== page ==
♦ Have you ever been lost? How did you find your way back?

♦ How do you suppose someone as wise as Solomon could have ended up compromising his beliefs?


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Author’s Note: This story is a prequel to Christa Kinde’s Threshold Series [Zonderkidz] and updates twice a week (Wednesdays and Saturdays). More information can be found on the Sage and Song index page.

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13 thoughts on “Sage and Song, Chapter 4: The Wrong Turn

  1. Sheay says:

    I prefere the quickest way to get to wherever I am going. I do not recall ever being lost. The reason the king compromised is easy: Perepressure! It torments the mind and breaks the will, if one forgets to relay on The Most High’s strength.

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  2. J. Parkhurst says:

    When time allows, I prefer the back roads as I dislike the hustle and bustle of freeways and the barely contained chaos that they frequently are. (I’m also not an assertive driver, so there’s that as well).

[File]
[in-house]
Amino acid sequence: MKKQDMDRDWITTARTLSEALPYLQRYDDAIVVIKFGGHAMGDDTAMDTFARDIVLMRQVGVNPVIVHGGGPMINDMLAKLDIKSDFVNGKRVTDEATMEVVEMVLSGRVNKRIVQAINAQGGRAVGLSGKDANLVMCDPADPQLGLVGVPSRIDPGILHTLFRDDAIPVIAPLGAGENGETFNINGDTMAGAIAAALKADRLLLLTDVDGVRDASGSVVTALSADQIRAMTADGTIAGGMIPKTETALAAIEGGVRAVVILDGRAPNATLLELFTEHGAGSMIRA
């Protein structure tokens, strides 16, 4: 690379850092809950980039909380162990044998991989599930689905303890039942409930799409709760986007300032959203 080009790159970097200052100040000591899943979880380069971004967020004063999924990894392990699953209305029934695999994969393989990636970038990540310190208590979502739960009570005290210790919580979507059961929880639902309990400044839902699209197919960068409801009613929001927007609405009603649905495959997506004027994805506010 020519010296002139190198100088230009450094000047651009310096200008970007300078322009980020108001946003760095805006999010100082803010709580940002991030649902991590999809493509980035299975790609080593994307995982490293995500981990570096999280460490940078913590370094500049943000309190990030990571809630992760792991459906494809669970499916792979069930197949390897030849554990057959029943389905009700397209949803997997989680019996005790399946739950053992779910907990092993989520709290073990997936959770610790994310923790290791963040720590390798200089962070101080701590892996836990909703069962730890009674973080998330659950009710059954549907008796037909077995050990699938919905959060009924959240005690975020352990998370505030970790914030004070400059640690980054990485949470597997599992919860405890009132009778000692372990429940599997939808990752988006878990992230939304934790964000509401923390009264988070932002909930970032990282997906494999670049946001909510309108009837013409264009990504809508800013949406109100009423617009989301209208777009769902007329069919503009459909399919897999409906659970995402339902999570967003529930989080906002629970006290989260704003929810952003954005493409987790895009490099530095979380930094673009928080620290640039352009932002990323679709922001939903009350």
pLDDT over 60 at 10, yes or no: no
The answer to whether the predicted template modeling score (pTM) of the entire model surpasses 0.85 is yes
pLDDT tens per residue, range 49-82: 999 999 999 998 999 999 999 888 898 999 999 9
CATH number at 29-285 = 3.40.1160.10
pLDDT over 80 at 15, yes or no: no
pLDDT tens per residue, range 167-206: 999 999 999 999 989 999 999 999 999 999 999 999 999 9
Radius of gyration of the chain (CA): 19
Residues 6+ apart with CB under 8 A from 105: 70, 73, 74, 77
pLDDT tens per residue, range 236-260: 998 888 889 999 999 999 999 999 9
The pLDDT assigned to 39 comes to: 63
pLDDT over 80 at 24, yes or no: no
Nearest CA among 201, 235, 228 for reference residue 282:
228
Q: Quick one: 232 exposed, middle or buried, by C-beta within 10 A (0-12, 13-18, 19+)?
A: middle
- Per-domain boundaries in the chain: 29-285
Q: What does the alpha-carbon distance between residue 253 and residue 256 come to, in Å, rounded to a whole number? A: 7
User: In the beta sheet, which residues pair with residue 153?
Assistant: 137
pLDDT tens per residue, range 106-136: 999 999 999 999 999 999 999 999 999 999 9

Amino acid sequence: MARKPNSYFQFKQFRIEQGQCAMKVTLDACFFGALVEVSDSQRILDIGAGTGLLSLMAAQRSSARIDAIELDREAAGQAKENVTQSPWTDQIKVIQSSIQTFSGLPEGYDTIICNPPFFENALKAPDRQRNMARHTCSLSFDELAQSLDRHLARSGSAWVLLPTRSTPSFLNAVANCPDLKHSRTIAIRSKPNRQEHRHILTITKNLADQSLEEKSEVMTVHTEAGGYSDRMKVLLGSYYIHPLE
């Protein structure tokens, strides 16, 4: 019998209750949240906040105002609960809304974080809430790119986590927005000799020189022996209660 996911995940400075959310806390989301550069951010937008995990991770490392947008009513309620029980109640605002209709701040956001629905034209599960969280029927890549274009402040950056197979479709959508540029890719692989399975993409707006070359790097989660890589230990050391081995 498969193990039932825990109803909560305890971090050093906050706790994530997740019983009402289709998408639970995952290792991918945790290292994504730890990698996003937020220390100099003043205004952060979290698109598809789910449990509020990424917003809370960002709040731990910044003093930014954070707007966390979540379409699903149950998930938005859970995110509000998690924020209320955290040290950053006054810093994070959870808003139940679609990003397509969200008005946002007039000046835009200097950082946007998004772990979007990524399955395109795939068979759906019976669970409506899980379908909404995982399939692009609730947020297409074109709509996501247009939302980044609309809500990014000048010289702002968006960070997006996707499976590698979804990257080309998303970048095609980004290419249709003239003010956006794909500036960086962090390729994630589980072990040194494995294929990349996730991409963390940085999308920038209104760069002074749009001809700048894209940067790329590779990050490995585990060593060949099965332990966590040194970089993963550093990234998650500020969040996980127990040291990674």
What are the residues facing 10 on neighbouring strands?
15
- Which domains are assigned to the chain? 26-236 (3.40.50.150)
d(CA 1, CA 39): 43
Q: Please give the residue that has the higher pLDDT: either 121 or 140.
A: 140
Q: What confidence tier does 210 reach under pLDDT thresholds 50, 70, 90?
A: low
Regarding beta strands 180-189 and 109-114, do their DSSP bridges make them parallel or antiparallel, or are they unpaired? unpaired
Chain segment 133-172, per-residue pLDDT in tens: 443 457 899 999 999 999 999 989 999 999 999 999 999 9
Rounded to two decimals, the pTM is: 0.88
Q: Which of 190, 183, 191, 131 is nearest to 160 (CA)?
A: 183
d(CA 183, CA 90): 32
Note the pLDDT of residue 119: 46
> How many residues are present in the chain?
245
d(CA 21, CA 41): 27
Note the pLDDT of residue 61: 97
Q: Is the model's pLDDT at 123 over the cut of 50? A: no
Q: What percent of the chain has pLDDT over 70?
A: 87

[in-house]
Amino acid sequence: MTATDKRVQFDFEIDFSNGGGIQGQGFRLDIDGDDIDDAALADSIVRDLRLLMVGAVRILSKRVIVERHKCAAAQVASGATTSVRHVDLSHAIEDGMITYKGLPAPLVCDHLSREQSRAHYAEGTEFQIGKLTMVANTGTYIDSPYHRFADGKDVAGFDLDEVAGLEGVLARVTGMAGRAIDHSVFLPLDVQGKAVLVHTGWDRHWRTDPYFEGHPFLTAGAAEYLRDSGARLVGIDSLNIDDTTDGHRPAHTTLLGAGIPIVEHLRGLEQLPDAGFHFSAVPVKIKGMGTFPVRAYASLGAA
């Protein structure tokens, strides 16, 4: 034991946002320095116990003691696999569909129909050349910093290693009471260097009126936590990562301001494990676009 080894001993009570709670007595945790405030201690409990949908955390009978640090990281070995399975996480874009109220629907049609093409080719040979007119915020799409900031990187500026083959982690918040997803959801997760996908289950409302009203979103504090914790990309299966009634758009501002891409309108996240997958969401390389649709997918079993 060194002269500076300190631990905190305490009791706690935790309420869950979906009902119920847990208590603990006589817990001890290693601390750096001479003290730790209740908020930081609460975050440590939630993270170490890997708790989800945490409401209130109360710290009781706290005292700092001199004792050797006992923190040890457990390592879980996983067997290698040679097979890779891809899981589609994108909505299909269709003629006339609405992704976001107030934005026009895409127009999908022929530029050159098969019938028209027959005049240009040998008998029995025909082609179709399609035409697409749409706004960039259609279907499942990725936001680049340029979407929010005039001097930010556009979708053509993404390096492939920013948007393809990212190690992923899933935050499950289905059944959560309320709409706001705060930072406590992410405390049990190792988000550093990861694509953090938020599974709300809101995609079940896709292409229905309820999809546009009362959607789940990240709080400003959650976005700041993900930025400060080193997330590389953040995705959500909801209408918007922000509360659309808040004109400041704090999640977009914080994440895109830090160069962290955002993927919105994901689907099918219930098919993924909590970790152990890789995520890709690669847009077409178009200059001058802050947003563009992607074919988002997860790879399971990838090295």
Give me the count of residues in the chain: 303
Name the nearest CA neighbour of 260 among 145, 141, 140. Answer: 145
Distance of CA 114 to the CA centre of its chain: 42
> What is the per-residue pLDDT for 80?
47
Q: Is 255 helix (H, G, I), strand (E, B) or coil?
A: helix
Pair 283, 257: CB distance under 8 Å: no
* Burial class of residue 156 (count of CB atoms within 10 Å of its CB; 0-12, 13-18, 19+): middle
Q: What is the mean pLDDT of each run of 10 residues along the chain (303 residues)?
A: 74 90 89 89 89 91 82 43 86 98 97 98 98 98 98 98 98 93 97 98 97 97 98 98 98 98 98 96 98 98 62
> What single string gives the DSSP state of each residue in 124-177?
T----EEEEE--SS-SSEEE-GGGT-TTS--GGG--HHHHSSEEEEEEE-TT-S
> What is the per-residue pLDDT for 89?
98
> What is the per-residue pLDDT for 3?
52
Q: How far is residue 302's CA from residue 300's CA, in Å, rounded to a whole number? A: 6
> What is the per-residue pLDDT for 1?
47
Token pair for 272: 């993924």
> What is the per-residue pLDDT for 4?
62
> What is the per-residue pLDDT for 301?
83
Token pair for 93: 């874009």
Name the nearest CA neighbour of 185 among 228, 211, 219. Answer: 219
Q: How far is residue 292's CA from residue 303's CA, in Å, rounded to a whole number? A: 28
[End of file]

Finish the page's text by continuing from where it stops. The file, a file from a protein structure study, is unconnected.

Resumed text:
I have been lost at various points in time and in various ways as well. Breathing, stepping back and assessing the situation and trusting God have all played key roles in getting me back on the right track and direction.

    All it takes for anyone- even the wisest of wise- is one little doubt, one fear, one bit of uncertainty before Satan can get a toehold in. If we do not carefully mind our thoughts, that toehold quickly escalates into a much larger problem, especially as we convince ourselves that everything is just fine.